was a doctrine of credat emptor—”let the buyer trust”—rather than the commercial

maxim of caveat emptor—”let the buyer beware.” Society counts on the law, and on

lawyers as its servants, to spread such feelings of trust through the community. Instead,

too often, we help weaken them.”


– from Living the Law, Chapt 1. of Sol Linowitz’s The Betrayed Profession (at pp. 2 & 5;

1994), reprinted here (DCBA Brief, June 1999)

 

 

 



first snow falling
I trust in his hand…
bridge by the gate


 

 






 

entrusting the thicket
to the field crow…
the lark sings




ISSA, translated by David G. Lanoue

idlers at the galley

Filed under: pre-06-2006 — David Giacalone @ 12:17 am


Our frequent Honored Guest Pamela Miller Ness was very successful

in contests sponsored by the Haiku Poets of Northern California for

2004 — she scored a first place in the tanka genre, and 2nd place with

honored guest Michael Dylan Welch for their rengay sequence. 





rengay (defined here):

 


Idlers in the Gallery

    (by Pamela Miller Ness & Michael Dylan Welch)

 

 


overflowing

its cut-glass vase

La Farge’s magnolia     pmn

 

 


Homer’s croquet player

hides a ball with her skirt     mdw

 

 

strewn across

her studio table

Nell Braine’s turnips      pmn

 

 

 

 

the unused pencils

Jacob Lawrence grins

in his self-portrait          mdw

 

 


gathering hollyhocks

Frieseke’s woman in blue      pmn

 

 

to the porch born

the precise signature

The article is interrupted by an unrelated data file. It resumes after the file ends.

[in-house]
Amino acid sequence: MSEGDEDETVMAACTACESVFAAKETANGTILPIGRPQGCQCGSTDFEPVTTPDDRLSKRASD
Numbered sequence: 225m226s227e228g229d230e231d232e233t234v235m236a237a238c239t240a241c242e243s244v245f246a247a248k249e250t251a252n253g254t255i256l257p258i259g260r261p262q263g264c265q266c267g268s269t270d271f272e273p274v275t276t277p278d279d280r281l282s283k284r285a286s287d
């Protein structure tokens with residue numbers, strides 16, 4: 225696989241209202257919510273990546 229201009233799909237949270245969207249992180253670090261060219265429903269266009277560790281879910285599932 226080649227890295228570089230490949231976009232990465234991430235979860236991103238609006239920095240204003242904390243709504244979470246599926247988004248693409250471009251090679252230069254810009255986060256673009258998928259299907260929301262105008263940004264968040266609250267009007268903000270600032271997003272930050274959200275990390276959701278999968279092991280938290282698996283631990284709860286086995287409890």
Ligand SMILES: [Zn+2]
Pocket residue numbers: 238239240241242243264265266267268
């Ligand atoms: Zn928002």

on Blum’s two idlers      mdw

 

 



[each poem in the Idlers rengay is based on a painting

in the National Academy of Design, NYC.  Five of the

six can be seen here.]

 


owls small




 

tanka (defined here)

 


Dressing

for a meal I’ll eat

alone

I decide to let loose

my hair

 

bonus from Pamela Miller Ness:

 

 

storm watch

we talk

about getting old

 


 

 




  • by dagosan                                               







unseen bird

keeps repeating itself —

“you talkin’ to me?”

 

 

 

 

 




meeting the new

upstairs tenant

feet smaller than they sound

 

 

[May 22, 2005]

 

potluck


!key 2  Columnist Ellen Goodman made a linguistic point over the weekend

that I’ve been meaning to make for the past couple of months:


“I’m not keen on the politics of destruction, let alone the

language of destruction.  If I hear about the ‘nuclear option’

one more time, I think I will go ballistic. Nuclear warnings

should be reserved for the real thing, like say, North Korea.”

Your editor has previously complained that “The lazy linguistic practice

(often perpetrated and perpetuated by the popular media) of using familiar

analogous situations not merely to explain a new concept, but also to name

it, is making a mess of our language, with more and more phrases simply

making no sense on their face.”  (We used “black box” and “DNA finger-

prints” as examples. ) But, taking the term “nuclear option” out of the realm

of war strategy, and using it in the context of U.S. Senate filibuster rules is

several steps farther down the road toward language lunacy.    I don’t care

that a politican used the phrase.  The media are in the communications

business, they need to use words that express meaning.  Did anyone think

of calling it the Filibuster Buster Option?

 

tiny check Prof. Bainbridge is going to turn me into a regular cynic.  Imagine,  traffic cop sf

interstate wine sales were adopted to protect economic interests, not children.

The next thing you know, someone will be saying that bar associations are just

guilds!

 

tiny check  Thank you, Eugene Volokh, for explaining how silly it is to ask questions

like Which Are Better — Blogs or the Traditional Media?.   That should stop all the

chest-thumping! 

 

tiny check   Last week must have been a slow one in the blawgosphere — li’l old f/k/a 

got three mentions in Blawg Review #7, at the critically-acclaimed Jeremy Richey Blawg.